The two key observations about marginal factor cost are:
- First, marginal factor cost is not constant, but increases as the level of employment increases.
- Second, marginal factor cost is greater than price (which is also average factor cost) at every level of employment. Marginal factor cost is greater than price because OmniKing must increase the price paid to all workers when it raises the price to hire an additional worker.
The marginal factor cost curve (MFC) for OmniKing Island Resort is displayed in the exhibit to the right. Key to this curve is that OmniKing is a monopsony buyer of workers and thus faces a positively-sloped supply curve. Larger quantities of input can be had only with higher prices.
|Marginal Factor Cost Curve,
The vertical axis measures marginal factor cost and the horizontal axis measures the quantity of input (workers). Although quantity on this particular graph stops at 10 workers, it could go higher.
This curve indicates that if OmniKing hires the first worker, then marginal factor cost is $6. Alternatively, if it hires the tenth worker, then marginal factor cost is $24.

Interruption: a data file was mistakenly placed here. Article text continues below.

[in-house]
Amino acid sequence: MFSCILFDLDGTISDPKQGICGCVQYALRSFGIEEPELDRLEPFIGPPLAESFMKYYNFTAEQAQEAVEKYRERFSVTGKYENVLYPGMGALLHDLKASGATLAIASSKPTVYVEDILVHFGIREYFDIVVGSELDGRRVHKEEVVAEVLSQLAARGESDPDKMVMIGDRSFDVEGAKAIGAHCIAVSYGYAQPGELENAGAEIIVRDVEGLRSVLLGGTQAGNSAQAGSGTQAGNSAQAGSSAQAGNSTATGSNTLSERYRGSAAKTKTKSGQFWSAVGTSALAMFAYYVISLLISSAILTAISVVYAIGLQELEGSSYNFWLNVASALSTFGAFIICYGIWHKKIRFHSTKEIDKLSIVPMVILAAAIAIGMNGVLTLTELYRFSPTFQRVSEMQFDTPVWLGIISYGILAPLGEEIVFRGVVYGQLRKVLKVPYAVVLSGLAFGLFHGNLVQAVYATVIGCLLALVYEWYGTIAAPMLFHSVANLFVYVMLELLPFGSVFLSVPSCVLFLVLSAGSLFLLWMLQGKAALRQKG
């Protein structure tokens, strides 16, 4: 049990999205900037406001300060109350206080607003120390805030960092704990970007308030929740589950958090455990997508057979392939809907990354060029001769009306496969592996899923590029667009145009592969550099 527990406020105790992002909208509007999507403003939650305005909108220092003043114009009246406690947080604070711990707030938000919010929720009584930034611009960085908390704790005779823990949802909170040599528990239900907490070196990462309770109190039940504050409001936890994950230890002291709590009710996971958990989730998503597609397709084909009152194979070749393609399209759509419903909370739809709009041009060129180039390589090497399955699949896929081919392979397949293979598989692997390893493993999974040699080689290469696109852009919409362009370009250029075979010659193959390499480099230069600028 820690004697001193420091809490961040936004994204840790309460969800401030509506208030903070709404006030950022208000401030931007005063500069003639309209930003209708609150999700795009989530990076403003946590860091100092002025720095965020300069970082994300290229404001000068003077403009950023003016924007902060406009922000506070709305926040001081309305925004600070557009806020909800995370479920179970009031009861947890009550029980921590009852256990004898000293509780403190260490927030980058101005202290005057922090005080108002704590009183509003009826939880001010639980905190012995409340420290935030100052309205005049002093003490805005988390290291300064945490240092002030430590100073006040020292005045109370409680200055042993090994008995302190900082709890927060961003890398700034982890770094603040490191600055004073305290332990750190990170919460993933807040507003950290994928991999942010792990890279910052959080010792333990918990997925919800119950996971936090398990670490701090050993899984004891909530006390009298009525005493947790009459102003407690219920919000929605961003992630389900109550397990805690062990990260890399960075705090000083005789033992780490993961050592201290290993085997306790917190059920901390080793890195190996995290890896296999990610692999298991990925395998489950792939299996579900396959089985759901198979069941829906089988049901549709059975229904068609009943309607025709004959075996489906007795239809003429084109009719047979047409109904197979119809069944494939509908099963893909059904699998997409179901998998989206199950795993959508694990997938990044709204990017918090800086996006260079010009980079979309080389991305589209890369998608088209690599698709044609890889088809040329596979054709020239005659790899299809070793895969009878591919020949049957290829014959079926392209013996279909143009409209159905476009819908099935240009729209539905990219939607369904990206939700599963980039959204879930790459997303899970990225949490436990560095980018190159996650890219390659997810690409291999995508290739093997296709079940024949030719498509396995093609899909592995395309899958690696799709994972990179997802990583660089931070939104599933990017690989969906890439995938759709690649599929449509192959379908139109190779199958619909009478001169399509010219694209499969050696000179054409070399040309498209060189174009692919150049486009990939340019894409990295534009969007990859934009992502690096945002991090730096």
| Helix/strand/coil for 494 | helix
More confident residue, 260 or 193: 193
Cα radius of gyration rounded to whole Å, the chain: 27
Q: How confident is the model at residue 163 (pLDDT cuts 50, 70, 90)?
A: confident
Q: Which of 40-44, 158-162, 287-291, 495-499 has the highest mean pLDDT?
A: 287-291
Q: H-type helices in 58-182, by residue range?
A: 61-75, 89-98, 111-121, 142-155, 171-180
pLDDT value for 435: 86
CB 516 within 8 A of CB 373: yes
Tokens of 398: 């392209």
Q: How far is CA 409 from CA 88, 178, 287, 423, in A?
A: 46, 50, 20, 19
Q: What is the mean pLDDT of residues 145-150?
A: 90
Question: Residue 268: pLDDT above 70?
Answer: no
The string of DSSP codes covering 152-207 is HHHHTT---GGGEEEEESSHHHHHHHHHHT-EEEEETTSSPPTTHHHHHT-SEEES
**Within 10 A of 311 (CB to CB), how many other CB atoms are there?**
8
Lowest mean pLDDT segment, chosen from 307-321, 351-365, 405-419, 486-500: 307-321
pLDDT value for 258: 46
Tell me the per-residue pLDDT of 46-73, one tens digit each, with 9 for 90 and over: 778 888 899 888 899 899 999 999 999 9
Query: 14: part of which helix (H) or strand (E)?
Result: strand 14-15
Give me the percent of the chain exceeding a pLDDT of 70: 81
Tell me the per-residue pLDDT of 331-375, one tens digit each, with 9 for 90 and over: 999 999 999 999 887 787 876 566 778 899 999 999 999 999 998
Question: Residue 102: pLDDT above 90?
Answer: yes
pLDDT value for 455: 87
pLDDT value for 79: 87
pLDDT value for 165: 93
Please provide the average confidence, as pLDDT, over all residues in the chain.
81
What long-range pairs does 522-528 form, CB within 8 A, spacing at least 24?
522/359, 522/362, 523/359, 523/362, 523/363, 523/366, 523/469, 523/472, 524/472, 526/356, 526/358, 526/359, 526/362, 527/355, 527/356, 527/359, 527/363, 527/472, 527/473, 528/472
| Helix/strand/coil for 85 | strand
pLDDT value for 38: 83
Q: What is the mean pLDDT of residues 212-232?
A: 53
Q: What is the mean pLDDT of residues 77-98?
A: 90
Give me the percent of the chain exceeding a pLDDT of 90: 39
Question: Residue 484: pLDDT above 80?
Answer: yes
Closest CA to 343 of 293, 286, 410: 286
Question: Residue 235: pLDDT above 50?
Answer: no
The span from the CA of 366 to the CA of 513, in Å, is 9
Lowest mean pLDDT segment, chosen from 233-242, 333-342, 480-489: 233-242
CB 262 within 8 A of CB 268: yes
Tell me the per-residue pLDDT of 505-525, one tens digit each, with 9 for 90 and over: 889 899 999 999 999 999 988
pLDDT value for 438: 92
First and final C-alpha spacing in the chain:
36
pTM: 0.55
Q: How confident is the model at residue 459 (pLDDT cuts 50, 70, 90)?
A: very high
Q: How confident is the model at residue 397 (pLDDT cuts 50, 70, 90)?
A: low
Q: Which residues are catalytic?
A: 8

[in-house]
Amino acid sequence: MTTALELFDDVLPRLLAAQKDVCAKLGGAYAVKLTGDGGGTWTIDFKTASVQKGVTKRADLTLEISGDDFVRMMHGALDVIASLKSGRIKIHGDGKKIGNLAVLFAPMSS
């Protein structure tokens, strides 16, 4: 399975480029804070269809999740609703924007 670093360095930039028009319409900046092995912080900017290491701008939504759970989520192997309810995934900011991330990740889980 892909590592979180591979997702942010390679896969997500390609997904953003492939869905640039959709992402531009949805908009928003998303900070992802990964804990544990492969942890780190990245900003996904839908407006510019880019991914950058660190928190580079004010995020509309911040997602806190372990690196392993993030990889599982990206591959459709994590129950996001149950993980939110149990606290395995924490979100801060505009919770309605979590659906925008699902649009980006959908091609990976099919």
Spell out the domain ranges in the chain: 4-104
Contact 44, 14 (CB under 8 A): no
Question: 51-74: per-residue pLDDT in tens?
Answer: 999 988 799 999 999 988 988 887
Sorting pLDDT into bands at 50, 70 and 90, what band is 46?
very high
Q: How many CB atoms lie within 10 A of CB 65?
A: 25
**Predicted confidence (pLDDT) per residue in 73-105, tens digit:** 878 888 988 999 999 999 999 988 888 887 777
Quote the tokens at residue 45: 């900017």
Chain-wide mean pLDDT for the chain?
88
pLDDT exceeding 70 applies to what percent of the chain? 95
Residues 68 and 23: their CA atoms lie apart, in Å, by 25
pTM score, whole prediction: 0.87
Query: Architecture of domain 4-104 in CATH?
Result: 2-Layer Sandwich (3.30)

For reference, the factor supply curve (and average factor cost curve, AFC) is also presented in the exhibit. The key observation is that the positively-sloped marginal factor cost curve (MFC) lies above the supply curve (AFC) facing OmniKing for hiring labor. The positioning of the marginal factor cost curve above the average factor cost curve reflects the mathematical relation between an average and a marginal.
Although this marginal factor cost curve, and preceding table of marginal factor cost numbers, is based on the employment activity of OmniKing Island Resort, a well-known monopsony firm, it works for any buyer with market control. Monopsonistic competition and oligopsony firms that also face positively-sloped supply curves generate comparable total factor costs.
MARGINAL FACTOR COST, MONOPSONY, AmosWEB Encyclonomic WEB*pedia, http://www.AmosWEB.com, AmosWEB LLC, 2000-2024. [Accessed: February 25, 2024].